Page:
Makerere University at crossroads: What should key stakeholders do? - Daily Monitor

Makerere University at crossroads: What should key stakeholders do?

Monday November 7 2016

By Venansius Baryamureeba

In August 2013, I published an article advising Makerere University that its decision to raise salaries by 70 per cent from internally generated funds would tantamount to committing suicide. Now as I write this article, the University is closed until further notice by the President.

Comparing Makerere University to any other public or private university in Uganda is like comparing apples with oranges. Until 1988, Makerere was the only university in Uganda. The structure and organisation of Makerere University was aimed at addressing all university education needs in the country. This led to the starting of almost every course/ programme at the university even some with less than five students. Staff had to be recruited to run these courses. Thus most programmes with small numbers are subsidised by those with big numbers in terms of staff costs, which ends up consuming most of the internally generated funds. With more than 45 universities in Uganda today, Makerere University needs to be restructured and refocused further to conform to the current realities.

Once a university exceeds 5,000 students it cannot be governed as one entity. Hence the need to ensure that the constituent colleges at Makerere University are given some level of federated autonomy. The staff and students in a college should be brought under the authority of the college administration. That’s why Makerere University is closed but Makerere University Business School is open. If colleges were autonomous it would be hard to convince the staff or students across colleges to engage in a strike at the same time.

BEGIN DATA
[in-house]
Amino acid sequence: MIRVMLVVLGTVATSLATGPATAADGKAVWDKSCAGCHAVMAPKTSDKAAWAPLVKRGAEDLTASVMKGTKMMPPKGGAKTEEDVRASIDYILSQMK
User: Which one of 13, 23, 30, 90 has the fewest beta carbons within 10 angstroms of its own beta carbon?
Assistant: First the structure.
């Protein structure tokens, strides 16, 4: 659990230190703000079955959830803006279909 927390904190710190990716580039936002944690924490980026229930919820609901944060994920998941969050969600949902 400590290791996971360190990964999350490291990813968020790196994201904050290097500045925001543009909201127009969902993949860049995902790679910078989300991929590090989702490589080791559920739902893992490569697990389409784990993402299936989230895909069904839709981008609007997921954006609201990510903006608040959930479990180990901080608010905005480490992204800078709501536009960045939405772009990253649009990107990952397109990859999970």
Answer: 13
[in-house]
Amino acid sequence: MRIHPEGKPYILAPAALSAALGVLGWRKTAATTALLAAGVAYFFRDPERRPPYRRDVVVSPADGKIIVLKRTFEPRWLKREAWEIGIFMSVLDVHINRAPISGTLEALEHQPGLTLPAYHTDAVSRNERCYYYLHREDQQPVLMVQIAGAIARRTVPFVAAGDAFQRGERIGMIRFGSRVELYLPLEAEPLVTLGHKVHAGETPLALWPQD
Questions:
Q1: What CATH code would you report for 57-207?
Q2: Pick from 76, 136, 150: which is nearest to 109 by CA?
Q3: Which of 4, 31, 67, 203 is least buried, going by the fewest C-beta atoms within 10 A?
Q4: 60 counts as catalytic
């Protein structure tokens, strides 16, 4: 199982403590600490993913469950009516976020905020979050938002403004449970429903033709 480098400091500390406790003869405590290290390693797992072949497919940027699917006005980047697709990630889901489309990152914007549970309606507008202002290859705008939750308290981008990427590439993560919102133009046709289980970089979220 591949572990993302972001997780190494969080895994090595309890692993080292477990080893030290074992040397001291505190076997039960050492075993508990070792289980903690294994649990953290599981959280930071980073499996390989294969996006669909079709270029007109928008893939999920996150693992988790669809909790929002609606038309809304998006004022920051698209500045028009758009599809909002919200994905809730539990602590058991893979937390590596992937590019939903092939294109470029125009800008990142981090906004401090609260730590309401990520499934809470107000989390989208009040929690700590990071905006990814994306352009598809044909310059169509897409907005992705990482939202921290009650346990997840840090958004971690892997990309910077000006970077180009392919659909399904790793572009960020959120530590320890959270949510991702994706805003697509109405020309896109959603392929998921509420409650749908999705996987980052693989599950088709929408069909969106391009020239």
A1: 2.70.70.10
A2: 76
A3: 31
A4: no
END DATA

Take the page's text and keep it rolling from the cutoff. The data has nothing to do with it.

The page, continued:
Makerere University needs to switch to a business model where colleges retain not less than 60 per cent of the internally-generated funds. The central administration can also strategically budget for most expenses at college level. This will motivate colleges to exploit their niche and generate income under the category of Appropriation In Aid (AIA) from student fees, provision of services, consultancies, grants and donations among others. As per statistics of the current semester, the colleges that were major AIA generators like the College of Computing and Information Sciences and College of Business and Management Sciences have registered a drop in private student numbers to less than half of what they used have in 2013. The inability of the university to pay the salary incentive is attributed to the fall in AIA by over Shs70 billion in the last financial year alone due to reduction in student numbers by most colleges.

The government needs to put in place a higher education fund through which higher education institutions can access funding based on a well-developed funding model. This model can use parameters like student numbers in the sciences and humanities, graduation figures at all levels, research output and patents among others to allocate funds to higher education institutions. The strategy of government to continue to appropriate funds in the university budget for items like salaries is one of the causes of strikes.

The appropriation of funds in the budget should be left wholly to the governing councils.

Several studies on what it costs to educate a student on several programmes were conducted by the National Council for Higher Education and the government through the Office of Auditor General. One key finding was that universities in Uganda still charge fees far below the unit cost. Low unit cost affects Makerere University more than any other university in Uganda because of the many programmes it runs with few students coupled with some level of duplication of courses across departments, schools and colleges due to its organisation structure.

As much as a public university council should be the supreme organ of the university and be responsible for directing the academic, administrative and financial affairs of the university, the oversight organs and regulatory agencies must play their roles. For example, the Ministry of Finance, Planning and Economic Development should have interested itself in the 70 per cent salary incentive to assess whether it was feasible and sustainable.